OTTB Showcase: Alydeed’s Leader (a.k.a. “Norman”)

by | 11.14.2012 | 7:26am

THE DEETS: Alydeed's Leader (a.k.a. “Norman”)
Name: Alydeed's Leader (a.k.a. “Norman”)
Born: 1999
Height: 17.2
Color: Bay
Sire: Alydeed
Dam: Sounding Joy
Sale History: Sold for $5,000 at KEENOV in 1999; Sold for $8,423 at ALBAUG in 2000
Race Record: 40-2-10-5
Race Earnings: $40,845

Alydeed's Leader was a flat-out, hard-knockin' racehorse. Bred in Canada and built big, strong and sturdy, he never sold for even $10,000 at any given time, but he always tried his best and left it all out on the track every time he raced.

After a 40 race career, Alydeed's Leader was adopted off the track as a trail horse. He was bold, calm and game, the perfect mount for meandering through the woods, over creeks and across fields, but at the same time he was big and pretty and let up the ring when ridden properly as a working hunter.

Before long, however, his first owner began a family of her own and, after two years of sitting in a field without a purpose, he was once again adopted out, this time by Heaven Can Wait Equine Rescue in Ontario, Canada.

“He was so sweet and gentle,” said Heather Young of Ontario, Canada. “I was there at the their annual barbecue fundraiser to buy some riding apparel, but he caught my eye and I fell in love with him.”

Heather went home to talk with her husband about her new-found crush and, after a significant amount of convincing, Heather called the rescue to inquire about the gelding only to find that he'd been adopted out and was leaving the next day.

“I was heartbroken, but received a call the next afternoon from the rescue saying he had been returned,” said Heather.  “They said that if I wanted to try him out for a week, they could drop him off the next day. I agreed and he never went back.”

For the next year Heather and Norman (as he's fondly known now) worked together to refine their jumping and flatwork skills and their relationship as horse and rider couldn't have been much better.

Then, in June, 2011, Norman started squinting in his right eye.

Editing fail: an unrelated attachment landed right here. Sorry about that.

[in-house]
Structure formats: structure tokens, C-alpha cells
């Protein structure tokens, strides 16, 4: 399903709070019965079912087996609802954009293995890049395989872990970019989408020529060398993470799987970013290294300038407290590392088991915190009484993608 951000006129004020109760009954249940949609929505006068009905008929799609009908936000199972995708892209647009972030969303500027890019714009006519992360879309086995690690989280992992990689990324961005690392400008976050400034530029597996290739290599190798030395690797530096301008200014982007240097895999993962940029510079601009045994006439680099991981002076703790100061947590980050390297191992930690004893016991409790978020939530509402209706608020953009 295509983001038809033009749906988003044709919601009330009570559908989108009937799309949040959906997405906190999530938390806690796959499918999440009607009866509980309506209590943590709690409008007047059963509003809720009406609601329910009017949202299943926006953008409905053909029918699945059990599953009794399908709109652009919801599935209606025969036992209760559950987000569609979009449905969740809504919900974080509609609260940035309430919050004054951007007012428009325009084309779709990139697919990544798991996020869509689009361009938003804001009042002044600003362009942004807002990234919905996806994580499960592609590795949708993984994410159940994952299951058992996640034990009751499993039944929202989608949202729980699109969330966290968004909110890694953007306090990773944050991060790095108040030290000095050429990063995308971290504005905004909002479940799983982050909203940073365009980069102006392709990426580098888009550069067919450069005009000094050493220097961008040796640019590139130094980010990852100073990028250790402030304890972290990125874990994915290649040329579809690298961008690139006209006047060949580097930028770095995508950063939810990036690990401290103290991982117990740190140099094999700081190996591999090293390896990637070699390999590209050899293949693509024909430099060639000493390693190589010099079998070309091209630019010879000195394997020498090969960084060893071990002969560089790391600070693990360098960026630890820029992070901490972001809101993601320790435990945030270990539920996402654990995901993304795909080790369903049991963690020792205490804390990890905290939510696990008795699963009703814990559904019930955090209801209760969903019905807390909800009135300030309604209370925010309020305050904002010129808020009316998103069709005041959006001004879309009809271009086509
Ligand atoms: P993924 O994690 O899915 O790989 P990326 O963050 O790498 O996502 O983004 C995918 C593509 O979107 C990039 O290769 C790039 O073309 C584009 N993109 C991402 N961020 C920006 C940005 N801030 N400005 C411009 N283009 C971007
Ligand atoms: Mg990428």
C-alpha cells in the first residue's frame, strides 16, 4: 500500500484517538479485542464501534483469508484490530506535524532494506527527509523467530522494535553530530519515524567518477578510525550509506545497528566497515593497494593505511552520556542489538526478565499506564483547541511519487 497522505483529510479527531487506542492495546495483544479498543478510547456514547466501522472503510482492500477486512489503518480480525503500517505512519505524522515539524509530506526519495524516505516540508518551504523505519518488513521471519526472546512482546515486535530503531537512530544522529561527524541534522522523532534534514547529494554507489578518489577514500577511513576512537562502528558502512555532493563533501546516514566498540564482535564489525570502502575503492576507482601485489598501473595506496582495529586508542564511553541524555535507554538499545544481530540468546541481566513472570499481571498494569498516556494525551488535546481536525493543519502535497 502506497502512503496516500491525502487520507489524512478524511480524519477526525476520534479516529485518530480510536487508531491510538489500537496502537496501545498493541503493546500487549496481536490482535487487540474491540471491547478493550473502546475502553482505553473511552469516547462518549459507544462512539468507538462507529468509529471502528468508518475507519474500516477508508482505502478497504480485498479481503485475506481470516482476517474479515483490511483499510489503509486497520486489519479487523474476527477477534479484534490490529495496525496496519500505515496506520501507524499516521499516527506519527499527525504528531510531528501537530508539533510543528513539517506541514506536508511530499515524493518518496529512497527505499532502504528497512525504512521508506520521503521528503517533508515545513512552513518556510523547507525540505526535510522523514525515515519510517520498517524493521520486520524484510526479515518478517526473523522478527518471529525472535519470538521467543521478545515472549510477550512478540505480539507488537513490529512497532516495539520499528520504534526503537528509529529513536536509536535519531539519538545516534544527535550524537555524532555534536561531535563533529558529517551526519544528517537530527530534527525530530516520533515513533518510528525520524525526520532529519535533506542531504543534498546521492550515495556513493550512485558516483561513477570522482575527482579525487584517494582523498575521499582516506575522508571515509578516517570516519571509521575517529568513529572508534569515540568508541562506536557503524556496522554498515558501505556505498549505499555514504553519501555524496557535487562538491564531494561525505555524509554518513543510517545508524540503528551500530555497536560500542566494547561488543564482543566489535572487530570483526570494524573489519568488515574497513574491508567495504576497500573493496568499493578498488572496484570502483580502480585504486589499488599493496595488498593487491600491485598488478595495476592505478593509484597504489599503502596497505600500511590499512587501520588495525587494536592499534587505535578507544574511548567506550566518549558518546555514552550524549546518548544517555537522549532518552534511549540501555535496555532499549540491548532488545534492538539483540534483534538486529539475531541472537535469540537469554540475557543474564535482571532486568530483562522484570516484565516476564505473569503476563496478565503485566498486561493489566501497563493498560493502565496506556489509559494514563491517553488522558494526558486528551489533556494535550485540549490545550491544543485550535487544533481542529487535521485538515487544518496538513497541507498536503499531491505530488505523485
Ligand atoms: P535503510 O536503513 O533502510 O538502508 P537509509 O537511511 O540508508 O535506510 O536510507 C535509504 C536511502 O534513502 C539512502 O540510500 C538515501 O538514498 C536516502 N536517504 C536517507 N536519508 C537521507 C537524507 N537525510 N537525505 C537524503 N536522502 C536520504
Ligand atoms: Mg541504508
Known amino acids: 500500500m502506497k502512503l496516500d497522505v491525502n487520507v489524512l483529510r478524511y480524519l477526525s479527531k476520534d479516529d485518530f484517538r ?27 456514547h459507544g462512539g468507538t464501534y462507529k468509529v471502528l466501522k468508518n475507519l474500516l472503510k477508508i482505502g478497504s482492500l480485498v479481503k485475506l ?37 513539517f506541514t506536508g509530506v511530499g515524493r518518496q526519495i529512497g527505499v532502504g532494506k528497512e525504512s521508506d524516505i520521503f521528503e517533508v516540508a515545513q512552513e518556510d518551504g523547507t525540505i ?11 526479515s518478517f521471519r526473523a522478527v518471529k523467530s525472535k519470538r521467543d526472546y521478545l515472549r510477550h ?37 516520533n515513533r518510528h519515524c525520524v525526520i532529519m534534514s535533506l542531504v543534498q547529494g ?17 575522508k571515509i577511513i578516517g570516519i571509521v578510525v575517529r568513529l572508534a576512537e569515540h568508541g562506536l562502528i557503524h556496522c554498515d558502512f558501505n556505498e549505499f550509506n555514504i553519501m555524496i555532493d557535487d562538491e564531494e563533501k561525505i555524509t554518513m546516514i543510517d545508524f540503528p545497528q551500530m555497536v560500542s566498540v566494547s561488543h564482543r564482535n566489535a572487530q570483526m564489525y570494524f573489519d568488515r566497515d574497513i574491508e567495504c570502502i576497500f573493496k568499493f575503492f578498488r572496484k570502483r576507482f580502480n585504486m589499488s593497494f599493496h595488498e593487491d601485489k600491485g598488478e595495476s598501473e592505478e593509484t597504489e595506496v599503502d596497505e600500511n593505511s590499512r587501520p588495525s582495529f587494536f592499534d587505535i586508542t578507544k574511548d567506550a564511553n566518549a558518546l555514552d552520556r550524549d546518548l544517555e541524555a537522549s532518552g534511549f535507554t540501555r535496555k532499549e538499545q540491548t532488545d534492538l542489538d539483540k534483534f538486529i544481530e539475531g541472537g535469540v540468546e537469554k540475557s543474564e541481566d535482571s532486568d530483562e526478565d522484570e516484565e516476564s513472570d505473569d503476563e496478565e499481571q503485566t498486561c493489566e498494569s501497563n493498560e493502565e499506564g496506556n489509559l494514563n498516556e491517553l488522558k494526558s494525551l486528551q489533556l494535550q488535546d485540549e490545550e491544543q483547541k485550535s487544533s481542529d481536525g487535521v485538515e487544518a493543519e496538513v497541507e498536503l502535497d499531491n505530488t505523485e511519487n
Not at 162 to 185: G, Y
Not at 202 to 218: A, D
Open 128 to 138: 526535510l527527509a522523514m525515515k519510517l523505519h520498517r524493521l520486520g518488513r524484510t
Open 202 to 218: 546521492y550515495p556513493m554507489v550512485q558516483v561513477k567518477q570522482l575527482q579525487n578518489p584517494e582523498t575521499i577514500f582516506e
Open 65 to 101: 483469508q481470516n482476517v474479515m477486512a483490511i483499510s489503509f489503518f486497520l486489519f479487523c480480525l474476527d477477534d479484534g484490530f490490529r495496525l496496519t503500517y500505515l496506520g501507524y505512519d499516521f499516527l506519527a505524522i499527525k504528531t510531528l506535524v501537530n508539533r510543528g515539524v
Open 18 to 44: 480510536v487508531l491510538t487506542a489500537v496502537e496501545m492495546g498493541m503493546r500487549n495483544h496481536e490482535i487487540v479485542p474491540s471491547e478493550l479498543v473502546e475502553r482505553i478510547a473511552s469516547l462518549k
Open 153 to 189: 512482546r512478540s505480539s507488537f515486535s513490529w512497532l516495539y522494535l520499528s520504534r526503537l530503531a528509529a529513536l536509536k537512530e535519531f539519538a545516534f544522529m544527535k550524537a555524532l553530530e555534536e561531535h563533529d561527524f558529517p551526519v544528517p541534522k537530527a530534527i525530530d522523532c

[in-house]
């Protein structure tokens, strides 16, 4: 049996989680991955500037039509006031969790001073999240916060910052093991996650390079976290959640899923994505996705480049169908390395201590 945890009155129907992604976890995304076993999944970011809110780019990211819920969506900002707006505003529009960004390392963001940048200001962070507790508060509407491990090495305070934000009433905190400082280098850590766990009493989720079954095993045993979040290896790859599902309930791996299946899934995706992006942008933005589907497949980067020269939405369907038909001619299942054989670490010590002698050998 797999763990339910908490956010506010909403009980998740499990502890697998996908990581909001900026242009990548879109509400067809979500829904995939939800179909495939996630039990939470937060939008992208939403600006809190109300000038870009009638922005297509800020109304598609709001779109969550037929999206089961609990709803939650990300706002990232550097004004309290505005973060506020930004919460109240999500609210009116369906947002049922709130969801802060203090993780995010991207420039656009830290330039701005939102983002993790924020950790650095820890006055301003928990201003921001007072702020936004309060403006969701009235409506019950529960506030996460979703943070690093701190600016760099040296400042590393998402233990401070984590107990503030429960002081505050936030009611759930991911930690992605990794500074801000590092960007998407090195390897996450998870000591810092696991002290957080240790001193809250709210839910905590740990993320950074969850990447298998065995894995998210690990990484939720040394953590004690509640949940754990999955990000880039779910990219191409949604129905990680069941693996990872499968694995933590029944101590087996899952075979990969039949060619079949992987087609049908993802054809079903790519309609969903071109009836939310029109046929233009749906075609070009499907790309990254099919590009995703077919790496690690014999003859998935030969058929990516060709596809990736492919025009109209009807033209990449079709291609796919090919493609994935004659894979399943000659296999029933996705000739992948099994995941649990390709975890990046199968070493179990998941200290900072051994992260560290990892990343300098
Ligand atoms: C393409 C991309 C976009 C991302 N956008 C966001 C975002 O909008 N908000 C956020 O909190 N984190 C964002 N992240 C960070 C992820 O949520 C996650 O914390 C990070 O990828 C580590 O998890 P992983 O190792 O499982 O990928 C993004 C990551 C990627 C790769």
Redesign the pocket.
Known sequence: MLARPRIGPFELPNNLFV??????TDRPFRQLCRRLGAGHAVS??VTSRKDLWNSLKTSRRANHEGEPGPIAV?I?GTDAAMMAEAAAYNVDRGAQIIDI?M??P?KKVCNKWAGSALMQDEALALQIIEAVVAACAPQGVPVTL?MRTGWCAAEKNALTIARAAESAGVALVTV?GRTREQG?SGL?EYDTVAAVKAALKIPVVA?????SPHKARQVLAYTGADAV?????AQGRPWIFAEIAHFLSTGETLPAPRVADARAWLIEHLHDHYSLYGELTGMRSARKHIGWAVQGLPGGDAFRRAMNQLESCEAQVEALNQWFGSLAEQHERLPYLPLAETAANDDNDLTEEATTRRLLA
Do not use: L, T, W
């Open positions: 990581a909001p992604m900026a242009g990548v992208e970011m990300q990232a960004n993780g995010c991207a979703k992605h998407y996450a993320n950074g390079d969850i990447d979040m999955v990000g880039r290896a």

“I called the vet, who called an ophthalmologist,” said Heather. “Norman had an eye infection and we were treating him three times a day, but we couldn't seem to get ahead of it,”

Eventually, Heather decided to send Norman to the local equine hospital where, after 72 hours of intensive lavage treatment, the decision was presented to Heather to either remove the eye or put Norman to sleep.

“Norman was getting tired of people poking and prodding at him,” said Heather. “If you were in a white coat, you were coming to look at his eye, so he'd turn his head in a corner so they couldn't get close. They'd actually have to leave the stall, take off the white coat, and come back in before he'd allow them to get near him. Funny guy!”

Heather thought long and hard about the choice in front of her, considering what Norman's life would be, and what hers would be like with a one-eyed horse.

“He was calm enough and smart enough to figure stuff out with just one eye,” said Heather. “After everything he'd gone through, he deserved the chance to give it a go, so we removed his right eye.”

Norman recovered better than could be expected physically and, within about six weeks, he was cleared for light riding.

“He was extremely spooky at first,” said Heather. “One of his issues was the mounting block being on his blind side, so we switched to mounting from the other side, and that worked with no problems. He just needed to get his confidence back.”

One way Heather tackled restoring Norman's confidence was through the methods of Pat Parelli, a training philosophy in which the rider/handler instills confidence in the horse through extensive ground work, rope work, games and more.

“The change in his was night and day,” said Heather. “We've once again started over fences to amazing results. He's a natural jumper with amazing form and hopefully this year we'll really be able to show just how impressive he is .Everyone who meets or works with him absolutely adores him.”

If you have or know of a retired Thoroughbred with an interesting story to tell, we'd love to hear about it! Just email Jen Roytz ([email protected]) with the horse's Jockey Club name, background story, and a few photos.

Jen Roytz is the marketing and communications director at Three Chimneys Farm in Midway, Kentucky. She also handles the farm's Thoroughbred aftercare efforts. She currently owns two retired Thoroughbreds: Point of Impact (by Point Given; a.k.a. Boomer), who retired from racing in late 2011 and is just starting back under saddle to find his forte as a riding horse, and Shotgun Shine (by Tale of the Cat, a.k.a. Gage), who is in training as a hunter/jumper. Contact Jen on Facebook and Twitter.

  • nu-fan

    Great story.  Horses, like people, need not be perfect to be valued by others.  They can contribute in so many ways and often exceed those others who have not had a profound obstacle to overcome. It never ceases to amaze me how well animals adapt to change.  Perhaps, we should take lesson from them in this area.

  • Cherivaughan

    I love him, too! Beautiful story!

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